Timeshare, Section 75 of the Consumer Credit Act, Timeshare linked loans and Timeshare purchased by Credit Cards.
In a recent case an unfair relationship arose between a lender creditor and consumer debtor, where a timeshare purchase agreement which was supported by way of a related loan was deemed an “Unfair Relationship”. The timeshare contract provided that the whole capital asset would/could be forfeited for the non-payment of management or other peripheral charges.
This article is brought to you by Wilson Perez
The High Court in England sat in the matter of Link Financial Ltd v Teresa North Wilson.
Wilson attended a timeshare presentation and acquired the timeshare product. In doing so, she entered into a fixed sum loan agreement with Link Financial Ltd (Link).
The loan was solely acquired to fund the purchase of the timeshare product. The purchase price was just over £20,000. Wilson [when acquiring the loan] did falsely provided particulars of her income and despite being unemployed at the time.
The timeshare contract provided that “if Wilson did not make any payment due under the contract within 14 days’ notice”, the timeshare seller (vender) could rescind the contract and she would forfeit all money paid.
Wilson did fail to pay her timeshare management charges and also the Link loan instalments. The timeshare contract was then rescinded by the resort and “Link” sought to recover the sums due under the loan they provided. The thrust of Wilson defence, was a claim that an unfair relationship existed between the timeshare resorts and “Link” under s140 of the Consumer Credit Act 1974 (s140) because of the forfeiture provision in the related purchase agreement. This was an interesting defence to the “Link” claim and one that did require High Court clarity.
At first reading the court held there was no “unfair relationship”. This was because there had been no high-pressure selling and no contraventions of the Timeshare Act 1992. Wilson was educated and did understood all the agreements she entered into and had effectively lied about her income. The lower court issued a judgment against Wilson for £41,000 (which included Links interest and costs).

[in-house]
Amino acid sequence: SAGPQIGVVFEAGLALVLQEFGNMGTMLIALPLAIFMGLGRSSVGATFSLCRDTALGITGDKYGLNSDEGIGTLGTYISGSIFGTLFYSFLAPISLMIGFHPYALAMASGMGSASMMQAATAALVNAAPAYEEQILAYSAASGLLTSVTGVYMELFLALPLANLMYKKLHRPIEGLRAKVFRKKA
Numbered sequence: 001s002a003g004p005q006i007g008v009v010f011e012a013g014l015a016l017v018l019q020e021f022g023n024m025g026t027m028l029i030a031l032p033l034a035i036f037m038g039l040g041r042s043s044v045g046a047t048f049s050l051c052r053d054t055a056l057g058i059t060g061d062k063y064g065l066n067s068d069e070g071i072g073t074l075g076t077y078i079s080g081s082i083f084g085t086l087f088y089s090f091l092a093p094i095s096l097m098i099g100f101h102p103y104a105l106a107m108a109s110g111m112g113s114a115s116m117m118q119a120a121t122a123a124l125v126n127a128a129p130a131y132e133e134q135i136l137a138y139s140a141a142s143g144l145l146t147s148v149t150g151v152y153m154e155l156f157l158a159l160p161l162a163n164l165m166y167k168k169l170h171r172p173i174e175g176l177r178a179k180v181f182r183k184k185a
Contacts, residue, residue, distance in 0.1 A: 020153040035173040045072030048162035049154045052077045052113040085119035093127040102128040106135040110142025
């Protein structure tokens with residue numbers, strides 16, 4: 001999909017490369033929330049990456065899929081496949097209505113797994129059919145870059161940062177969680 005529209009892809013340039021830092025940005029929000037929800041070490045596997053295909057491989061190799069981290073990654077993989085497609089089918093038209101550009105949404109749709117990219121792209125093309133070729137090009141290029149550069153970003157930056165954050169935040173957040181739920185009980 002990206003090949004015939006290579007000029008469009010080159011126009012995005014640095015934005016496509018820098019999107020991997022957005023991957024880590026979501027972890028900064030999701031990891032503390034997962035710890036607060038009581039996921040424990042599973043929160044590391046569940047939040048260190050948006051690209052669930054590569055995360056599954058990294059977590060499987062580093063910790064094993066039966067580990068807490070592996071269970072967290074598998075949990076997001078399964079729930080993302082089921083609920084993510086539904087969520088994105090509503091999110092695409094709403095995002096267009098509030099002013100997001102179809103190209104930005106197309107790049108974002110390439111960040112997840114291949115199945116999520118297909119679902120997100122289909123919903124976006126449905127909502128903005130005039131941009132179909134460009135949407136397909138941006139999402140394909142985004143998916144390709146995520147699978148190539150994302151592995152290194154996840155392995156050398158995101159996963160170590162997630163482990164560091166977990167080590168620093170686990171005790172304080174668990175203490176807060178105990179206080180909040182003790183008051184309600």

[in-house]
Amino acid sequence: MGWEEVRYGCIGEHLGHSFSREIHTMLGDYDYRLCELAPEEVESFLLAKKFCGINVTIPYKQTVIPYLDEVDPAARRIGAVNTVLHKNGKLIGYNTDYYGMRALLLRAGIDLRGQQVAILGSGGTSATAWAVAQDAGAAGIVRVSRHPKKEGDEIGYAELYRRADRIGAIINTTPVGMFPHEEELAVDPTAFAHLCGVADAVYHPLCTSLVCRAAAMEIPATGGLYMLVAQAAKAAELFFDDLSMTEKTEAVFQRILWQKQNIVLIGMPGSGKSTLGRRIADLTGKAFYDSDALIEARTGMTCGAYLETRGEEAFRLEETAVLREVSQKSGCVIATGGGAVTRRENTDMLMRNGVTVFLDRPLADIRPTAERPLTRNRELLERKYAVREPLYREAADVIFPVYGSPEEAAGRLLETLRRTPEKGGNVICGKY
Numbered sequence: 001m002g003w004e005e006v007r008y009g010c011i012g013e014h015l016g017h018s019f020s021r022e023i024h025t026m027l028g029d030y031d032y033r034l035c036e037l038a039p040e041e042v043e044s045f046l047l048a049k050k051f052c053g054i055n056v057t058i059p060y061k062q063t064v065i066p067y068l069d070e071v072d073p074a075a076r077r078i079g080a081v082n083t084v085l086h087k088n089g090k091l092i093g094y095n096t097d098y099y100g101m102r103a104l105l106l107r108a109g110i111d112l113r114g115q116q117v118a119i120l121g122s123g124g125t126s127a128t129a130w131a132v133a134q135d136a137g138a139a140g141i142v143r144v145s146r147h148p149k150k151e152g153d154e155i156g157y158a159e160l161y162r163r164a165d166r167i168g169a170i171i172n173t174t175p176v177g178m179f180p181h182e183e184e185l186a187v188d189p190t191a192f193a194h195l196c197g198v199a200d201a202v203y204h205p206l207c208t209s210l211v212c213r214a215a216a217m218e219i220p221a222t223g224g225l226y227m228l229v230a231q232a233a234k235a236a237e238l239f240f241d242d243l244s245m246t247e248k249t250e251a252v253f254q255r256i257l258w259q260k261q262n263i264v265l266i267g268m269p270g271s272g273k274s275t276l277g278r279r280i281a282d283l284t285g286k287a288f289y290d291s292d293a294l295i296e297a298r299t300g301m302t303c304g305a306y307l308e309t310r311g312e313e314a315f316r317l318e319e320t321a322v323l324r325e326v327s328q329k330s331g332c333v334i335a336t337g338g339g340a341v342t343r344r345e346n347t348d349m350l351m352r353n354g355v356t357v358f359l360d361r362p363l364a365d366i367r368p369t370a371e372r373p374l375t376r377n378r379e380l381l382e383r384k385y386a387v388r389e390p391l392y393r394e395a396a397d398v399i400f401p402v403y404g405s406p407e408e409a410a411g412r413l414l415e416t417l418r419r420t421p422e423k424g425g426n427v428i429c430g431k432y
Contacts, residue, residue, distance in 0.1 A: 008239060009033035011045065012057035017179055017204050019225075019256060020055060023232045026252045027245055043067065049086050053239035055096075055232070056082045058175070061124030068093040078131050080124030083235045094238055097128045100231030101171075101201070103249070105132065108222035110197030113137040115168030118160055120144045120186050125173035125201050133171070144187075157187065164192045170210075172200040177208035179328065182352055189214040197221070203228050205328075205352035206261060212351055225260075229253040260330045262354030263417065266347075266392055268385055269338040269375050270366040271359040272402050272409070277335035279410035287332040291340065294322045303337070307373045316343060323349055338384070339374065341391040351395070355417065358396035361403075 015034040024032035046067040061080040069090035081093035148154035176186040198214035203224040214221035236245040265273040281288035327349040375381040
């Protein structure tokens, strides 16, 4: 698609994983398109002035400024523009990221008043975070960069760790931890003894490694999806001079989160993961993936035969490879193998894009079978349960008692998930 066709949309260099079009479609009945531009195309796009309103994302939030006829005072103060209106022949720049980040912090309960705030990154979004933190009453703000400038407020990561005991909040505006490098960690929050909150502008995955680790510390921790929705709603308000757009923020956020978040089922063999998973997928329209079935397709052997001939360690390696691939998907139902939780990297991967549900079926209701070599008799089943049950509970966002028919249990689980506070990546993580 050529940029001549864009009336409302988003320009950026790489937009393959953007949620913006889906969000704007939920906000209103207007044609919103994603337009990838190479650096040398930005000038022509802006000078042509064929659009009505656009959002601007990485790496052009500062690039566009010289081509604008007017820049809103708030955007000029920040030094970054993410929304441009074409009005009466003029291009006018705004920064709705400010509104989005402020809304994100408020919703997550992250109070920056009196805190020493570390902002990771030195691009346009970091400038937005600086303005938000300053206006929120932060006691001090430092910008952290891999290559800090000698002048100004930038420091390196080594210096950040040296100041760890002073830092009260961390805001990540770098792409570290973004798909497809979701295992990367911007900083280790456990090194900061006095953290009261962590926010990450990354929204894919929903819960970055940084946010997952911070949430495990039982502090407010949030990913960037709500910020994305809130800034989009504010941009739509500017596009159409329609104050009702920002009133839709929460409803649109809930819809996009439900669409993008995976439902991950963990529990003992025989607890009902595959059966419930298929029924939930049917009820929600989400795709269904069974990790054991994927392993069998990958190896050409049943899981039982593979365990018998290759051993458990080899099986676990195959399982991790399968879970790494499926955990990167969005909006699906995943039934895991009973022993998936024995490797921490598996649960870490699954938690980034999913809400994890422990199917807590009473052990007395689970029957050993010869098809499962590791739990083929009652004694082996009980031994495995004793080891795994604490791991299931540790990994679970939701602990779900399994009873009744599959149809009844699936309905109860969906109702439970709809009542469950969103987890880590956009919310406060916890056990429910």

Wilson had a mind to appeal and did just so, pleading that the contract was unfair because of the effect of rescission and forfeiture. She explained that she could not rely upon the inherent capital value of the timeshare to reduce the loan debt.
The High Court allowed her appeal and determined that the relevant clause in the timeshare agreement was unfair and gave rise to an unfair relationship. Despite the findings made by the court. Wilson should have been allowed to use the capital value of the timeshare contract to fully or partly repay the “Link” loan. As there was no expert evidence available as to any retained capital values associated with the timeshare product the court ordered that no further sums should be paid to link by Wilson.
The elements which should underlying timeshare contract should be considered when seeking to establish an unfair relationship. That relationship and the establishment of it was with “Link” (and every other timeshare lender). They alone are required to prove that the agreement was fair not the consumer. “Link” had failed to do so, therefore the consumer case was successful.
The dishonesty as to her income claim was relevant as that was not the basis upon which the agreement was rescinded and therefore, its causative weight and relevance was much lower than it might otherwise have been.